Museums Under Quarantine. From Moscow to Kyoto
The world is changing drastically before our eyes. This affects our museums, exhibitions, our visitors and us personally. Museum employees are people who are in love with what they do. They go to the “temples of culture” in order to worship art, people, sensibility, kindness and everlasting virtues, and not simply to earn money. Museum people even share the same language, it is a universal language of art, images and stories. With this project, we want to reflect on how the area will evolve, how we shall build our work, how we can help our visitors and how not to lose our connection with them at this challenging time.
The Museum of Russian Impressionism has interviewed people from different museums across the world and learned how their life is organized now.
Interview of Conversation between the education department curator, Elena Sharova, with the head of the educational department of the Picasso Museum in Barcelona, Anna Guarro, and the department coordinator, Maria Alkover.
1. Elena: Before quarantine, my day usually started with a cup of coffee on an empty stomach, while hastily getting ready and packing my essentials for the day: keycard for the museum, credit cards, cosmetics, and if I happen to oversleep, I will often have no time to put my coat on, so I will throw it over my shoulders, and rush to get a taxi to work – it’s good that it only takes 15-20 minutes without traffic jams. At work I have morning briefings with my employees, I work with documents, then more coffee, check my emails if there are no meetings, then ongoing work on creative projects - developing master classes, series of lectures and preparing for public speaking.
And how did you build the day before quarantine? Was there a clear schedule to follow?
What was the priority?
Anna Guarro, Head of Activities and Education Department:
Coffee first thing in the morning is a must! My mornings were also busy: walk the dog or take her out for a run, eat breakfast with my son and daughter, take the bus to his school and then to work, either by subway or bicycle – or sometimes walking, if I had the time, it’s a 20 min walk. Getting to work is usually the start of a busy day: emails, meetings (either internal or external), and preparing upcoming projects and events or doing the follow up on current ones.
Maria Alcover, Coordinator of Education Department:
My morning started at 6 o’clock, I always preferredmornings, and another big difference is that it started with a kiwi, even before coffee.
2) Elena: Now everything is different - I wake up without an alarm at eight in the morning and manage to do yoga and prepare a delicious breakfast, then - emails, calls with colleagues, and work on moving existing programs to online platforms. I also took a dog from the shelter!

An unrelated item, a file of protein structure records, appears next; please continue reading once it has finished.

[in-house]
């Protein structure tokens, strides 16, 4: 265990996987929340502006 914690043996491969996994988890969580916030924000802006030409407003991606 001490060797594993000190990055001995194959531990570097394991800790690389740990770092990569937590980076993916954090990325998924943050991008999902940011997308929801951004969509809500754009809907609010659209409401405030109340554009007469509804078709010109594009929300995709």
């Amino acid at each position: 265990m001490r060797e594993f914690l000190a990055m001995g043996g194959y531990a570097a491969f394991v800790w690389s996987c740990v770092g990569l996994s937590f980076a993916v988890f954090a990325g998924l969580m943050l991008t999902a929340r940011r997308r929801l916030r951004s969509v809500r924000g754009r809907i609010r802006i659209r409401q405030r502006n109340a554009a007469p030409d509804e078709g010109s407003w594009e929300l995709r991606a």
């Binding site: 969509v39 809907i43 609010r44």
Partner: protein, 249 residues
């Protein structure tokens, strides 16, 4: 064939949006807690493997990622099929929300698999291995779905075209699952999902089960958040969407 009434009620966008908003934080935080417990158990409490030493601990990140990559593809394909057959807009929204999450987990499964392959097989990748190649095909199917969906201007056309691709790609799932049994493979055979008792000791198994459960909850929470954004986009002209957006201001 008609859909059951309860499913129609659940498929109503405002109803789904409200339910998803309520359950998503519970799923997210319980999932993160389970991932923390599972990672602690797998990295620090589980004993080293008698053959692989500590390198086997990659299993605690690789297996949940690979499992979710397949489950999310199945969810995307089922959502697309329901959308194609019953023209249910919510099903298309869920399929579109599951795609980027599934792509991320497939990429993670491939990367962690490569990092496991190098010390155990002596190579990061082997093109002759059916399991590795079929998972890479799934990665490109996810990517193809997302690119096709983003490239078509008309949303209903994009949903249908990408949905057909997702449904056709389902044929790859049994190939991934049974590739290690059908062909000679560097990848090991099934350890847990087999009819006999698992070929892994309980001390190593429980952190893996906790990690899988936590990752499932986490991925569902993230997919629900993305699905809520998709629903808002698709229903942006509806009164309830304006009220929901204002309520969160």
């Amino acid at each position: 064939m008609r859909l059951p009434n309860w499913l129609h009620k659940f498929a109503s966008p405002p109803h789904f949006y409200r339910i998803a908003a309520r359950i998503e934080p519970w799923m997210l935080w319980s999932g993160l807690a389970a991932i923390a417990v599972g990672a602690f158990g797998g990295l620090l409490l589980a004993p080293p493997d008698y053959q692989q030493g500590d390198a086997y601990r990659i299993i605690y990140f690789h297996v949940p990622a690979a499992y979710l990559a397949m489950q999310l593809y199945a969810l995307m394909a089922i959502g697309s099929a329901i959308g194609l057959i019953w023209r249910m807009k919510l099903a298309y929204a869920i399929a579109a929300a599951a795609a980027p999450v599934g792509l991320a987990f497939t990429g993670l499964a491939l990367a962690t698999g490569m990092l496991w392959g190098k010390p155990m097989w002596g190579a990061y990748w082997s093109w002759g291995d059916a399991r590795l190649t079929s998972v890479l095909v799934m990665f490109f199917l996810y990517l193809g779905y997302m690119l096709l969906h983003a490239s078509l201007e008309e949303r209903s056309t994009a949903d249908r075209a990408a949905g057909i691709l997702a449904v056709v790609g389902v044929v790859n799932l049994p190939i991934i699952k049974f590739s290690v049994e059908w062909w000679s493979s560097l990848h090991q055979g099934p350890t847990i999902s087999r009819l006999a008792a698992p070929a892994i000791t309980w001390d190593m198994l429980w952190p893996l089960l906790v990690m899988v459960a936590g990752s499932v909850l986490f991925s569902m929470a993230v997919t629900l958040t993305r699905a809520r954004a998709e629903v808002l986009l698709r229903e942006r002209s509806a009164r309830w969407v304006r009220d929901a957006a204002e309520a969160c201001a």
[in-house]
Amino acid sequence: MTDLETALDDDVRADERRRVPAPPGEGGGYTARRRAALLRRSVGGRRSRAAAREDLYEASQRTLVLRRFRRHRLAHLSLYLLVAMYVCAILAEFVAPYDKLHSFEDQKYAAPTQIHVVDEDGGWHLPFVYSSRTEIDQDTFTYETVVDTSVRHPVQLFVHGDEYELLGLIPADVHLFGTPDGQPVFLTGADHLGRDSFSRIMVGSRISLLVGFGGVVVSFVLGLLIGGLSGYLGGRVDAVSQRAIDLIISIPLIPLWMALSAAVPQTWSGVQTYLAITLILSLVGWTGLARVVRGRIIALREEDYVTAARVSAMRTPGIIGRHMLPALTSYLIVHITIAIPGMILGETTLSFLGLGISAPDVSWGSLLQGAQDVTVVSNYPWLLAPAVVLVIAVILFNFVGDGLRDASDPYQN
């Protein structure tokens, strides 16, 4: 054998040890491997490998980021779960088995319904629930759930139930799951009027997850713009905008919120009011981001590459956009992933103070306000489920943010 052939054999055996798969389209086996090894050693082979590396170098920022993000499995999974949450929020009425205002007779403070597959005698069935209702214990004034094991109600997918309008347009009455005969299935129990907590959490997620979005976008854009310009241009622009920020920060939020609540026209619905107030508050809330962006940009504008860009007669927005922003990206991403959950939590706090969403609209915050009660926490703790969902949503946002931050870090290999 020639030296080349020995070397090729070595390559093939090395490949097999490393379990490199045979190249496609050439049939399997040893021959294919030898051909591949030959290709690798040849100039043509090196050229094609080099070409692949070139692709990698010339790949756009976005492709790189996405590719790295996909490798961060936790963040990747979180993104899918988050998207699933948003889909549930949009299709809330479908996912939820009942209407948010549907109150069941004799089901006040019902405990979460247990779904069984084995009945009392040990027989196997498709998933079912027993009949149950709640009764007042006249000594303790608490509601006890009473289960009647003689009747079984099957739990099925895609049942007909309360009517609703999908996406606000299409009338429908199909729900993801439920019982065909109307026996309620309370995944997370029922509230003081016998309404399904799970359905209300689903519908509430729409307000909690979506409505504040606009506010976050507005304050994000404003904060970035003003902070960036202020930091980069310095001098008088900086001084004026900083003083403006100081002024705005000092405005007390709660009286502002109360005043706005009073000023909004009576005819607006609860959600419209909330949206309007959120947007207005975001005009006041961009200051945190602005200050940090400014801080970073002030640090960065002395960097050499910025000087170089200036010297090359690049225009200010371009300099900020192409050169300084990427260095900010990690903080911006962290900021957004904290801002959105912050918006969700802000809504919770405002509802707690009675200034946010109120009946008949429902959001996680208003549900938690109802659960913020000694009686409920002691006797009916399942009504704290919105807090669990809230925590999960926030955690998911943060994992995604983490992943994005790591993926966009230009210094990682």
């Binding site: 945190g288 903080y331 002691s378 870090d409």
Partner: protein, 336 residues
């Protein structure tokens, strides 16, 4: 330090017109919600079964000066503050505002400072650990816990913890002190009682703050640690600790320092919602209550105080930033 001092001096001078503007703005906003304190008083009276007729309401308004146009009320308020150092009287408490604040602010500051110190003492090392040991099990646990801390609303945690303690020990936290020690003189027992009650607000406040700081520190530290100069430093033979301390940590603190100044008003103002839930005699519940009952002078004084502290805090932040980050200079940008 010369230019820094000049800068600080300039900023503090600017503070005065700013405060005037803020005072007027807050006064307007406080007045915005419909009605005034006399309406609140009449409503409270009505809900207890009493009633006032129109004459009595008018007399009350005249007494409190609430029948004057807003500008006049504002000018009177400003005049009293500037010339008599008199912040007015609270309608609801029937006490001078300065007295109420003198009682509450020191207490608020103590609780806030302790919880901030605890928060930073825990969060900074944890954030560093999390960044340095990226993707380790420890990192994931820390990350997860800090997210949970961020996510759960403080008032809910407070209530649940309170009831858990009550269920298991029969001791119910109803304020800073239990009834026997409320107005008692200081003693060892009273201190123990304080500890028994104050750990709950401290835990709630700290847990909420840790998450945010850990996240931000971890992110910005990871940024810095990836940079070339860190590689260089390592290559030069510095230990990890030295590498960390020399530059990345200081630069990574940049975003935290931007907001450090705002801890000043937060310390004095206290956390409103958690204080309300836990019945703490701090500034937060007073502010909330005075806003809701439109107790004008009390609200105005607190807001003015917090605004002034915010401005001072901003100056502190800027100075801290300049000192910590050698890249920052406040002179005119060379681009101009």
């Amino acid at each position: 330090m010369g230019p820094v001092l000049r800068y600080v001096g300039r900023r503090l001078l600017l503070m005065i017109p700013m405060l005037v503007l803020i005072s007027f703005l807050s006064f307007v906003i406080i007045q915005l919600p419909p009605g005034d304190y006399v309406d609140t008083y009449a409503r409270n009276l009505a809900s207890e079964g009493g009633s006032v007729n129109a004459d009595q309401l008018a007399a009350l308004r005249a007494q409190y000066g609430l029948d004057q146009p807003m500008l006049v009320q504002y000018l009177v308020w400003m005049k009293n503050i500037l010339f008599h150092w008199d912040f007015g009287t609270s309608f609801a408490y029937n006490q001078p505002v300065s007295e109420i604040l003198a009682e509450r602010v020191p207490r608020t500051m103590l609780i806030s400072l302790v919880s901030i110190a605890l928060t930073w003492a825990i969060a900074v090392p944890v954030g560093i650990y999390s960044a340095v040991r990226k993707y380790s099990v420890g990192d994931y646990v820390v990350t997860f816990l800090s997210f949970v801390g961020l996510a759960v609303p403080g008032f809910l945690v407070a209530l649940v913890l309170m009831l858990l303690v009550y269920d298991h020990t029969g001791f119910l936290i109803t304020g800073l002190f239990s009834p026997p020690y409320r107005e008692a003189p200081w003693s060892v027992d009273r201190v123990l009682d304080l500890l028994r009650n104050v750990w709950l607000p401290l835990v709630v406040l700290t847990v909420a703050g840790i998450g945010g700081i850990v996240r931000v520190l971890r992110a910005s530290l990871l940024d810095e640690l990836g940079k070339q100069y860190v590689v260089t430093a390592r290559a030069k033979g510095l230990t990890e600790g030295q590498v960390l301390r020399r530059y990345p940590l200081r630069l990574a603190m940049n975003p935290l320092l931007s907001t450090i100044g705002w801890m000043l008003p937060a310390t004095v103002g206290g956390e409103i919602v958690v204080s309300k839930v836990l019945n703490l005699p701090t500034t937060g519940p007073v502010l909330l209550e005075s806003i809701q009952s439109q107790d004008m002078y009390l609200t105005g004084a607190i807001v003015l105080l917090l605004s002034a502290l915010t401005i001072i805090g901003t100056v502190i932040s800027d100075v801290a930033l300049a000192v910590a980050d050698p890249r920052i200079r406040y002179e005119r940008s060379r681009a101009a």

How has your day changed? How do you work now? Do you visit the museum or work from home?
We have been very strictly confined at home since March 13th, so we can’t visit the museum! I miss it! My wake up time is basically the same as before: I try to get a head start so when my son gets up I have already handled my mails and I can help him with homework. So the time I spent in public transportation is now used up to start earlier than I did. Since I manage the social networks and web page of the museum as well as education and cultural events, my day has been really busy so far, lots of meetings and many decisions to turn the museum into a cultural resource for all of us in confinement. Luckily a new person has joined the museum and this part is being transferred to her as we speak! These weeks have been spent in a whirlwind of restructuring projects and budgets and planning for the near future. I seem to have almost as many meetings as before! But I love Zoom, Jit.si, Google Meet and Skype. I think this technology is here to stay! When I think of the time I used to spend going from one meeting to the other!!!
Maybe the best part is waking up at 8 o’clock. My mornings between 9 and 14 are about working and homework, as my eleven years old son is dyslexic and it is hard for him to organize himself. I’m working with my colleagues on different projects: Tàndem (I will explain later), a school program for next year and a pedagogic traveling suitcase.
3) Elena: This week was the first time that I held an online lesson for children about the exhibition in our museum, which is now temporarily closed due to the quarantine. We discussed the paintings, the life of artists, and drew pictures based on their works. I was surprised to find that doing this online does not bother the children at all, they communicate and get involved in the process with the same interest and enthusiasm as they do in the museum. Perhaps they are even more willing to discuss paintings and express their versions of what is happening on them.
And how are you? Have you developed work with children online? Or do you think this is superfluous and just prepare new classes for the future?
That had to be a wonderful experience! Our work with children is conducted through schools, which are now closed. We collaborate very closely with several schools, some of them are in our neighborhood and one particular is in another neighborhood. We are working together within a 3-year, very prestigious project called “Escoles Tàndem”. Maria, who is running it, will tell you more about it and what we have already done with the teachers to help kids at home. A school nearby, which we have collaborated for 4 years with, is preparing a project based on #GettyChallenge that would involve our artworks. So we will have more than 300 versions of our works as seen through the eyes of children!